Publication Details

Category Text Publication
Reference Category Journals
DOI 10.1007/s10682-005-5378-y
Title (Primary) Adaptive patch searching strategies in fragmented landscapes
Author Heinz, S.K.; Strand, E.
Journal Evolutionary Ecology
Year 2006
Department OESA
Volume 20
Issue 2
Page From 113
Page To 130
Language englisch
Abstract The search strategies dispersers employ to search for new habitat patches affect individuals' search success and subsequently landscape connectivity and metapopulation viability. Some evidence indicates that individuals within the same species may display a variety of behavioural patch searching strategies rather than one species-specific strategy. This may result from landscape heterogeneity. We modelled the evolution of individual patch searching strategies in different landscapes. Specifically, we analysed whether evolution can favour different, co-existing, behavioural search strategies within one population and to what extent this coexistence of multiple strategies was dependent on landscape configuration. Using an individual-based simulation model, we studied the evolution of patch searching strategies in three different landscape configurations: uniform, random and clumped. We found that landscape configuration strongly influenced the evolved search strategy. In uniform landscapes, one fixed search strategy evolved for the entire spatially structured population, while in random and clumped landscapes, a set of different search strategies emerged. The coexistence of several search strategies also strongly depended on the dispersal mortality. We show that our result can affect landscape connectivity and metapopulation dynamics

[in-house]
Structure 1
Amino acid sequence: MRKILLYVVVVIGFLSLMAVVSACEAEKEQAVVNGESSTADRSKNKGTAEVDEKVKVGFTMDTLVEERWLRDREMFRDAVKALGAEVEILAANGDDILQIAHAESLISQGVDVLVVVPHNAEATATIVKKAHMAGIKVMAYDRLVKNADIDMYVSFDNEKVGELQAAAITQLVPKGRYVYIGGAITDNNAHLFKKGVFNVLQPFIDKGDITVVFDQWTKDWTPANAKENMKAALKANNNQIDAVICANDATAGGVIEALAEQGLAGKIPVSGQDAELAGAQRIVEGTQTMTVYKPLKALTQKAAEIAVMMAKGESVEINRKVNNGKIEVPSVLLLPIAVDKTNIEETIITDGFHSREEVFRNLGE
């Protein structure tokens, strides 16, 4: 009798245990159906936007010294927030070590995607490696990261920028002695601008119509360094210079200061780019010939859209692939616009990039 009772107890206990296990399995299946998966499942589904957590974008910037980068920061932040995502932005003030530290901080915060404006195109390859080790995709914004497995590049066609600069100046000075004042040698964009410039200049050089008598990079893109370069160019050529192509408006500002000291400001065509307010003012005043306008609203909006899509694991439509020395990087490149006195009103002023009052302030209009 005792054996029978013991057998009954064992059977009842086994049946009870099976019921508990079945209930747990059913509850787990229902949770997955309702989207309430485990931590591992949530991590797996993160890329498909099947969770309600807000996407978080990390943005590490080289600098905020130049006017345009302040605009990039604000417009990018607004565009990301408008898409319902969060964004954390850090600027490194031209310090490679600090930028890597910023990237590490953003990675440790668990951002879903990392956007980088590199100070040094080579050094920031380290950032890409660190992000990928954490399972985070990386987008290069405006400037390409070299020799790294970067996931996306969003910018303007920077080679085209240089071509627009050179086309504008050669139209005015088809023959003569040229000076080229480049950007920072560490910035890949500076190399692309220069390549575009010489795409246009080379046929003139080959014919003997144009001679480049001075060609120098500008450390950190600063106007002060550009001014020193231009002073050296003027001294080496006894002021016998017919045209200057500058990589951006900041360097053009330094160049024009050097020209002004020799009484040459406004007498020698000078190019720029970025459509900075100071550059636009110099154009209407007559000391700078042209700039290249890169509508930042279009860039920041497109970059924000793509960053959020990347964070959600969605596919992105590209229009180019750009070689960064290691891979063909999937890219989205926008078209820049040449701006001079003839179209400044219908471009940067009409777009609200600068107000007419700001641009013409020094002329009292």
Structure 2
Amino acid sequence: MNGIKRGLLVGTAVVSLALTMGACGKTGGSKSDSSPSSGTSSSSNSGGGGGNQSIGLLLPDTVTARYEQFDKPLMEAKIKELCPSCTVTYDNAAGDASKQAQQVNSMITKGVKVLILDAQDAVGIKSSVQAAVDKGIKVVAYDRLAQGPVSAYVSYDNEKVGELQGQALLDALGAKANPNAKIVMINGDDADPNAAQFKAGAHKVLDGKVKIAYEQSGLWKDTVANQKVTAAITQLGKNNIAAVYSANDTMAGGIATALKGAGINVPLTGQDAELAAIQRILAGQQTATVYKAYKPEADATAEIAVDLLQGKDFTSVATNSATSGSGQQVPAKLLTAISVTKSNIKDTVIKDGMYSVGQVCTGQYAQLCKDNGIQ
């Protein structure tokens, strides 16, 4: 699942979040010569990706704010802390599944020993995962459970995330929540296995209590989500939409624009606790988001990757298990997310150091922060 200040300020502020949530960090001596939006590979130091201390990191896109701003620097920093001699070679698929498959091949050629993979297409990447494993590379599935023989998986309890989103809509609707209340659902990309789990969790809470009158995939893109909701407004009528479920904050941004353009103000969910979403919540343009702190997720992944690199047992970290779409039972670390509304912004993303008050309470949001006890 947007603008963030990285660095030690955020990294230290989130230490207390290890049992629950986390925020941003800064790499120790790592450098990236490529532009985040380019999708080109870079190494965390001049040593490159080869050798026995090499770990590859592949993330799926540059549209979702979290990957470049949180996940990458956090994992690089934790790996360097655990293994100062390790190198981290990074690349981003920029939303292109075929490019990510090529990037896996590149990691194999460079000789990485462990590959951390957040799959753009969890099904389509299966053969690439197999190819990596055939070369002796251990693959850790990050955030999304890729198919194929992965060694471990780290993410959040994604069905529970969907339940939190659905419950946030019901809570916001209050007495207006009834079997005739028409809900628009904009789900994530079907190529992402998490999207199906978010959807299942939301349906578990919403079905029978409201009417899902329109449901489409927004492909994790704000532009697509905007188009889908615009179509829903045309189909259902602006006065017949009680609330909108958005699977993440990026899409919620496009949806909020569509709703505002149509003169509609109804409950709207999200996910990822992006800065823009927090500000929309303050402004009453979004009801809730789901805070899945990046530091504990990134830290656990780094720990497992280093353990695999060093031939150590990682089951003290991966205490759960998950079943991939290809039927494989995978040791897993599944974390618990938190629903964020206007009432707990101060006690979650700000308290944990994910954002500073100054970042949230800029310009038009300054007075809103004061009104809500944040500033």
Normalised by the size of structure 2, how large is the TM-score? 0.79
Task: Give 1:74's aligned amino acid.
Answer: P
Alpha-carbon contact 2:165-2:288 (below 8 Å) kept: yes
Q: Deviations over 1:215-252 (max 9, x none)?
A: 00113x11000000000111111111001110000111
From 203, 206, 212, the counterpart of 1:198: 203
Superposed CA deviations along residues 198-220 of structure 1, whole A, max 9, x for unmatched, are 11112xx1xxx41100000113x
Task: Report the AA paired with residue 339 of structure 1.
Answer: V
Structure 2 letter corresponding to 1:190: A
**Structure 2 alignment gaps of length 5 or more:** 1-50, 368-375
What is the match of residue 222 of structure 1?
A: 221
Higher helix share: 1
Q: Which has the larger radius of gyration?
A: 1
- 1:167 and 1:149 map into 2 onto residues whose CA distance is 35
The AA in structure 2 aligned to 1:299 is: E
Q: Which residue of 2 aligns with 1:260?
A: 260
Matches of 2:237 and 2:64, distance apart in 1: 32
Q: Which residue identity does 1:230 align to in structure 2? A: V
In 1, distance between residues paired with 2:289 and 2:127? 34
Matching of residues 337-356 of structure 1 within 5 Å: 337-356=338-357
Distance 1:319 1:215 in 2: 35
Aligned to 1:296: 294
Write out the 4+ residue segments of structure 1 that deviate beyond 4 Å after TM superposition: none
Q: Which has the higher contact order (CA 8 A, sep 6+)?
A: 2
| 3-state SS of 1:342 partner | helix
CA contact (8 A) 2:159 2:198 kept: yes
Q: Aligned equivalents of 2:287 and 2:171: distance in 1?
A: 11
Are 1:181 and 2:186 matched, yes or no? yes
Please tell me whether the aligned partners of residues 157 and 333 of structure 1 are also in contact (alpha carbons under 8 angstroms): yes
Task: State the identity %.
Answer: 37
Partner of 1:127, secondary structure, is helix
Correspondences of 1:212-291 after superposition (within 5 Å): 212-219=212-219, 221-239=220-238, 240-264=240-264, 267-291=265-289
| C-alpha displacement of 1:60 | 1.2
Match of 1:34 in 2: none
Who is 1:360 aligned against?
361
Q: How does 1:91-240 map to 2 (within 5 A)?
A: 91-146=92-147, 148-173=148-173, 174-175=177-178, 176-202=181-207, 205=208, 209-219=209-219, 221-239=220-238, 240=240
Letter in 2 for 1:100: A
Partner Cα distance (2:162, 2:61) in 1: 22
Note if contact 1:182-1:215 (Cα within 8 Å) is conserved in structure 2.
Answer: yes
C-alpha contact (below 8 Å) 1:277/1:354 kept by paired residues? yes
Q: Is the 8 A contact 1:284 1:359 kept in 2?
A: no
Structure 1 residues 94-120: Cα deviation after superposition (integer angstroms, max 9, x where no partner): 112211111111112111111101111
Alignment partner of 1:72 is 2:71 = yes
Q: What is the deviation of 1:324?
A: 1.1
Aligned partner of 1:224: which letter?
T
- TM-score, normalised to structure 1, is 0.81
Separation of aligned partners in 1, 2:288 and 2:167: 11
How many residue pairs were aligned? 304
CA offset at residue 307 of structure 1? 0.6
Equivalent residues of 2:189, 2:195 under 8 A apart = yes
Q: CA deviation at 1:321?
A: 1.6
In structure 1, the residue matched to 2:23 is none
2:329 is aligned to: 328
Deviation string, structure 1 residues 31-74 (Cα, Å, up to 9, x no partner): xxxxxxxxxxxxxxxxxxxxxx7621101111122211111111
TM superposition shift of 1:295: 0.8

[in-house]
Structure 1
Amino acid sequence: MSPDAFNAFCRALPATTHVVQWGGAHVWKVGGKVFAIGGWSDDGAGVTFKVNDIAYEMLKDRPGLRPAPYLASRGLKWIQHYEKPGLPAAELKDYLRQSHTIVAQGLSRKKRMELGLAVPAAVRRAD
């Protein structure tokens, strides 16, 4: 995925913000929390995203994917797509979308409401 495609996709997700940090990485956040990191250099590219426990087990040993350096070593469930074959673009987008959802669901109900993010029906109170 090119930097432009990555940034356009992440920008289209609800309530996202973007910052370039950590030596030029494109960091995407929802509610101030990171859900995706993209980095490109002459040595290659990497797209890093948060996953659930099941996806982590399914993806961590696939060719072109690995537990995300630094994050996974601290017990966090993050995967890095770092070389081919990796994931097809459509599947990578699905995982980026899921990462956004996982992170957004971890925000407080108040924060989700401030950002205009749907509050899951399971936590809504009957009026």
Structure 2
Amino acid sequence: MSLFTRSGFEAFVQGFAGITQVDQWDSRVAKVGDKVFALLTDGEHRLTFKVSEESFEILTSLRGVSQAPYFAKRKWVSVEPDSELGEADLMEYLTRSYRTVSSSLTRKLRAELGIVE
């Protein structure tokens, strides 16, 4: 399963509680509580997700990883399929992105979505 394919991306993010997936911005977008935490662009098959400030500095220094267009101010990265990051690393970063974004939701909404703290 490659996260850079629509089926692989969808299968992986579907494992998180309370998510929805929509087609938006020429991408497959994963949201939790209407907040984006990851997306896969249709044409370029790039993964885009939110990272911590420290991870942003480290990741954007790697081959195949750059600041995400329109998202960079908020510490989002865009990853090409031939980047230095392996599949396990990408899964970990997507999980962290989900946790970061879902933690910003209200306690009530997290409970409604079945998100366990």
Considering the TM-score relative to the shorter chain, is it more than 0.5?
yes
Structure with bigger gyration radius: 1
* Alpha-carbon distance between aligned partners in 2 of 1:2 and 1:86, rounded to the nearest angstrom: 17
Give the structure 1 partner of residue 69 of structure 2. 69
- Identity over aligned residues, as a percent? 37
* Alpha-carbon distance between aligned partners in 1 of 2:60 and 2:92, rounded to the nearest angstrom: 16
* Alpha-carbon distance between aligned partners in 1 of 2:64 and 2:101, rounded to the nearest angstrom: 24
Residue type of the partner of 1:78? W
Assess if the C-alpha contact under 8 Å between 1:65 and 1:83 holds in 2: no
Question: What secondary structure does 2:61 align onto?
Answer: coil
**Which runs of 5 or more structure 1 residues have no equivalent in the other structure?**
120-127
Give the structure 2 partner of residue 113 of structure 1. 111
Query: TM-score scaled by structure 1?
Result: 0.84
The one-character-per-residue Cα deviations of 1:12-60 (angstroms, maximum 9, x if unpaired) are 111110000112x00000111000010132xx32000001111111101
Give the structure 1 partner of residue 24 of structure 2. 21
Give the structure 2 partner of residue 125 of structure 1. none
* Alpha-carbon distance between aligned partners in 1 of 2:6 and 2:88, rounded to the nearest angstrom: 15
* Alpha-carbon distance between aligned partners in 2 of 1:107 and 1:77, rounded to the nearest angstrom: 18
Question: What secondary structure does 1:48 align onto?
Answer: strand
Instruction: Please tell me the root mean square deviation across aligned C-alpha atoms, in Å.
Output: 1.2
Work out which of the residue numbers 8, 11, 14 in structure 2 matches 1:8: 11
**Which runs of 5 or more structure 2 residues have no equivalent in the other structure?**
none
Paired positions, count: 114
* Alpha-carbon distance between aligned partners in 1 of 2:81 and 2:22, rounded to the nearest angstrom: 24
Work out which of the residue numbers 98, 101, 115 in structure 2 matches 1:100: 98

Persistent UFZ Identifier
Heinz, S.K., Strand, E. (2006):
Adaptive patch searching strategies in fragmented landscapes
Evol. Ecol. 20 (2), 113 - 130